[xiv] Patricia Crone, Meccan Trade, Princeton University Press, 1987, page, 175
[xv] ( Ibn Saad, Tabaqat, 1, page page 216 ); Ibn Hisham, page 281 ; Cited by Crone, page 175
[xvi] Ibn Hisham, page 286; ( Ibn Saad, Tabaqat 1, page 217;
Cited by Crone page 175
[xvii] Ibn Habib, Kitab al-Muhabbar, page 315
[xviii] Jawad Ali, al-Mufassal, vi, 328
[xix] Ibn Habib, Kitab al-Muhabbar, page 313
[xx] al-Kalbi, al-Asnam, Dar al-Kutub al-Masriyah, Cairo-Egypt, 1925, 14; Yaqut al-Hamawi, Mujam al-Buldan, 8: 169; Azruqi, Akhbar Mecca, I, 73
[xxi] al-Kalbi, al-Asnam, Dar al-Kutub al-Masriyah, Cairo-Egypt, 1925, pages 13, 15; Yaqut al-Hamawi, Mujam al-Buldan 8, page 169
[xxii] Al- Bukhari, 2, page 166
[xxiii]Tarikh al-Tabari, I, page 553
[xxiv]Tarikh al-Tabari, I, page 553
[xxv] Bukhari, 3, page 181
[xxvi] Al-Aghani, by Al Asfahani, 4, pages 122- 195
[xxvii] Sahih Muslim 9, page 39; Bukhari, 2, page 178
[xxviii] Bukhari, 2, page 178
[xxix] Suhih Muslim 9, pages 42 and 43
[xxx] Taj Al Aruss 10, page 351; Tafsir al-Tabari 27
[xxxi] Al-Tabarsi al-Fadl ibn al-Hasan, Majma' al-Bayan fi tafsir al-Qur'an, 9, page 176; Yaqut al-Hamawi, Mujam Al Buldan 2: 944; Jawad Ali, vi, page 246
[xxxii] Al-Ya'akubi, I, page 312
[xxxiii] al-Kalbi, al-Asnam, Dar al-Kutub al-Masriyah, Cairo-Egypt, 1925, 14 ; see also Yaqut al-Hamawi, Mujam Al Buldan 8; page 169
[xxxiv] Tafsir al-Tabari 27, page 35
[xxxv] Tafsir al-Tabari 27, page 35
[xxxvi] Tafsir al-Tabari 27, page 32
[xxxvii] Tafsir al-Tabari 27: 32; Al Zamkhari al- Khawarismi, Al Kashaf , 3, page 144
[xxxviii] Al Azruqi, Akhbar Mecca, 1, page 73; Al Kalbi, Alasnam, page 14; Yaqut al-Hamawi, Mujam al-Buldan, 8, page 169
[xxxix] Tafsir Ibn al-Kathir 4, page 252
[xl] Al Shahrastani, Al Milal Wa Al Nah'el, page 578
[xli] Sahih al-Bukhari, 5, page 158
[xlii] Sahih al-Bukhari, 4, page 235
[xliii] Halabieh, I, 127 and 128
[xliv] Ibn Hisham, I, page 100; Tarikh al-Tabari, I, page 507
[xlv]Tarikh al-Tabari, I, page 507
[xlvi]Tarikh al-Tabari, I, page 508
[xlvii]Tarikh al-Tabari, I, page 508
[xlviii] Ibn Hisham I, page 101
[xlix] Taj Al Aruss 2, page 207
[l] Jawad Ali, al-Mufassal Fi Tarikh al-Arab Khabel al-Islam, vi, page 384
[li] Jawad Ali, al-Mufassal Fi Tarikh al-Arab Khabel al-Islam, vi, page 384
[lii] Taj Al Aruss 2, page 207
[liii] Sahih al-Bukhari, 4, page 238
[liv] Sahih al-Bukhari, 2 , page 171
[lv] Sahih Muslim 9, page 23
[lxxx] D.Nielsen, Die Altarabischen Mondreligion (Strassburg, 1904), S. 86 ; Jawad Ali, al-Mufassal Fi Tarikh al-Arab Khabel al-Islam, vi, page 348
[lxxxi] Shorter Encyc.of Islam, page 124; quoted by Jawad Ali, vi, page 348
[lvi] Winekler, ALF., II, Reihe, Ibd., S.336; quoted by Jawad Ali,vi,page 349
[lvii] Wellhausen, Reste, Arabischen Heidentums, Berlin, 1927, p. 84; quoted by Jawad Ali, vi, page 351
[lviii] Al Masudi, Muruj Al Thahab, II, pages 212 and 213
[lix] Alessandro Bausani, L’Islam, Garzanti Milano, 1980, page 61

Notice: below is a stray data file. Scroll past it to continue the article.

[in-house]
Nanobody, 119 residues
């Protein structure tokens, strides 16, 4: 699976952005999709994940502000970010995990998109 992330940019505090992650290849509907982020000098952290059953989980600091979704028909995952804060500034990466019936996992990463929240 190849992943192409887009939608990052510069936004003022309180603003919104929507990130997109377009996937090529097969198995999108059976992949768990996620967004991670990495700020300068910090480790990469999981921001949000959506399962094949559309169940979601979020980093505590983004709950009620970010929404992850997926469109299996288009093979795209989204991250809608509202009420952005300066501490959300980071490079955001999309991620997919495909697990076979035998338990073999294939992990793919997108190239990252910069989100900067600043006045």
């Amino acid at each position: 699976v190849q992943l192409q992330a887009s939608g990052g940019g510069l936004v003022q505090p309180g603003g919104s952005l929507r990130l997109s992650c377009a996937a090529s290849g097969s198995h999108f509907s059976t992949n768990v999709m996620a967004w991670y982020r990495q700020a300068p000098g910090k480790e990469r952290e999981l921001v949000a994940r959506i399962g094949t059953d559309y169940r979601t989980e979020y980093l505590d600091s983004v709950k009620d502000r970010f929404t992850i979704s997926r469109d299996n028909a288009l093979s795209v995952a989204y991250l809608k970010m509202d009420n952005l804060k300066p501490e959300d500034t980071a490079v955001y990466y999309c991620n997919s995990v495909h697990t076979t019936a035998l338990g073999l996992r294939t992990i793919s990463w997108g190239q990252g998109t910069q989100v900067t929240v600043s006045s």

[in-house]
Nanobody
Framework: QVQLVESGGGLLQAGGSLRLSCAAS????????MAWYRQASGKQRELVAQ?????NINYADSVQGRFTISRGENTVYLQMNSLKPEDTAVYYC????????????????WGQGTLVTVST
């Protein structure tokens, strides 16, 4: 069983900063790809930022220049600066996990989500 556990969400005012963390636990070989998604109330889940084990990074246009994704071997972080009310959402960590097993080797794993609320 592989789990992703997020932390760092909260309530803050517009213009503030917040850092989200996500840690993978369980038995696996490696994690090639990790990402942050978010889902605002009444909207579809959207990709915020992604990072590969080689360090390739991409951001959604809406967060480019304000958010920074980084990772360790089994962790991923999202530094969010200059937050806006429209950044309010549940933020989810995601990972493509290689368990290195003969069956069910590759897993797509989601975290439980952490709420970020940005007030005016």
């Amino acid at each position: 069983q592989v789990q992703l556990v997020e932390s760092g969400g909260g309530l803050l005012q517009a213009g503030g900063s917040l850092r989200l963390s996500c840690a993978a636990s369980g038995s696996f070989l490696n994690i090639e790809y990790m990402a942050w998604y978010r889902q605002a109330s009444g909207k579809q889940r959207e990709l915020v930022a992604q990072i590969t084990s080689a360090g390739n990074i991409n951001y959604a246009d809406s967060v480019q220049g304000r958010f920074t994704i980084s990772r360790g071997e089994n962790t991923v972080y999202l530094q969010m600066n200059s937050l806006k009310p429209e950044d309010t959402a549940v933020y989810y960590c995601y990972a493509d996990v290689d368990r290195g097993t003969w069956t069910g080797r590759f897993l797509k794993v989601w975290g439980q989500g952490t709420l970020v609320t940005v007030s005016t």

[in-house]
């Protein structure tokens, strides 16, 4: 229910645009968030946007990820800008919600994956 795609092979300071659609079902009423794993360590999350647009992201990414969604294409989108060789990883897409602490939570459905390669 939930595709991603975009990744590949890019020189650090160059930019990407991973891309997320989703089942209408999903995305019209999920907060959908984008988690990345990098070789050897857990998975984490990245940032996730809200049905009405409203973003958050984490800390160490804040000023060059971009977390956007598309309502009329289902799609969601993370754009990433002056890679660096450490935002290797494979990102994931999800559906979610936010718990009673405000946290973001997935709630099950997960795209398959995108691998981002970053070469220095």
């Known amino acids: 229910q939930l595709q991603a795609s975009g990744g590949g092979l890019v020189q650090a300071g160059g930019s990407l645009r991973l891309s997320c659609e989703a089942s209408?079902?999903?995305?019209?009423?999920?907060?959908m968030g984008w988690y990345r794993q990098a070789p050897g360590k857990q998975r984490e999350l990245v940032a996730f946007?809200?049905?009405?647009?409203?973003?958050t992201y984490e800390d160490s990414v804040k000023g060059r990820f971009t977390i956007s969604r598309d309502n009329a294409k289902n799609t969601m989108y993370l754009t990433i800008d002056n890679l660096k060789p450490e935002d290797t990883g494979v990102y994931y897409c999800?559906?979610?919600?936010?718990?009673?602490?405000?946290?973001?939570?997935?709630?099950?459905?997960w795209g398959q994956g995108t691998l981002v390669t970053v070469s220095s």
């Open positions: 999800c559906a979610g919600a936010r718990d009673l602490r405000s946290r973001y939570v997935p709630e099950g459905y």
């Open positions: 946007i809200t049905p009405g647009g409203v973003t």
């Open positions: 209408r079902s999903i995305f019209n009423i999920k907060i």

[lx]Tarikh al-Tabari, I, page 508; Ibin Hisham, I, page 100
[lxi] Epistles of Manuskihar, Epistle I, Chapter VII, 16, Pahlavi Texts, Part II, Translated by E.W. West, The Sacred Books of the East, Volume 18, Published by Motilal Banarsidass, page 308; Epistles of Manuskihar, Epistle II, Chapter III, 12, ; Epistles of Manuskihar, Epistle I , Chapter IX , 6 ;Appendix- The Bareshnum Ceremony, Pahlavi Texts, Part II, Translated by E.W. West, The Sacred Books of the East, Volume 18, Published by Motilal Banarsidass, page 447
[lxii] Vendidad, Fargard VIII :41-71, translated by James Darmesteter, The Zenda –Avesta part I , The Sacred Books of the East, Volume IV, pages 105-110
[lxiii] Appendix- The Bareshnum Ceremony, Pahlavi Texts, Part II, Translated by E.W. West, The Sacred Books of the East, Volume 18, Published by Motilal Banarsidass, page 437
[lxiv] Shayast La-Shayast, Chapter XX, 5, Pahlavi Texts, Translated by E.W. West, Part I, The Sacred Books of the East, Volume 5, Published by Motilal Banarsidass 1970, page 394
[lxv] Epistles of Manuskihar, Epistle I, Chapter VII, 17, Pahlavi Texts, Part II, The Sacred Books of the East, Volume 18, Published by Motilal Banarsidass, page 309
[lxvi] Vendidad, Fargard VII:66
[lxvii] Sahih al-Bukhari, 5, pages 64 and 70
[lxviii] Halabieh, I, page 86
[lxix]Tarikh al-Tabari, I, page 512
[lxx] Al-Nuwayri, Nihayat al-arab fi funun al-adab, I, page 109; Alusi al-Baghdadi Mamud Shukri, Bulugh al-arab fi ma'rifat ahwal al-arab, 2, page 102
[lxxi] Dadistan-I Dinik, Chapter VIII, 1, Pahlavi Texts, Part II, Translated by E.W. West, The Sacred Books of the East, Volume 18, Published by Motilal Banarsidass, page 26
[lxxii] Sahih al-Bukhari, 8, page 150
[lxxiii] Comment on Nyayis, The Zenda –Avesta part II, translated by James Darmesteter, The Sacred Books of the East, Volume 23, page 349
[lxxiv] Apastamba, Prasna I, Patala 3, Khanda 9, 28, Sacred Laws of the Aryas, Part I, Translated by Georg Buhler, The Sacred Books of the East, Volume 2, Published by Motilal Banarsidass, Delhi, page 35
[lxxv] al-Kalbi, al-Asnam, Dar al-Kutub al-Masriyah, Cairo-Egypt, 1925, 18; Yaqut al-Hamawi, Mujam al-Buldan, 1, page 341
[lxxvi] Yaqut al-Hamawi, Mujam al-Buldan, 1, page 341
[lxxvii] Azruqi, Akhbar Mecca, I, page 73; Yaqut al-Hamawi, Mujam al-Buldan, 8, 169; al-Kalbi, al-Asnam, Dar al-Kutub al-Masriyah ( Cairo, Egypt, 1925), 14
[lxxviii] Al-Ya'akubi, I, page 225
[lxxxii] al-Kalbi, al-Asnam, Dar al-Kutub al-Masriyah (Cairo, Egypt, 1925), 11
[lxxxiii] Ibn Hisham I, page 118
[lxxx] Al Shahrastani, Al Milal Wal Nahel, page 590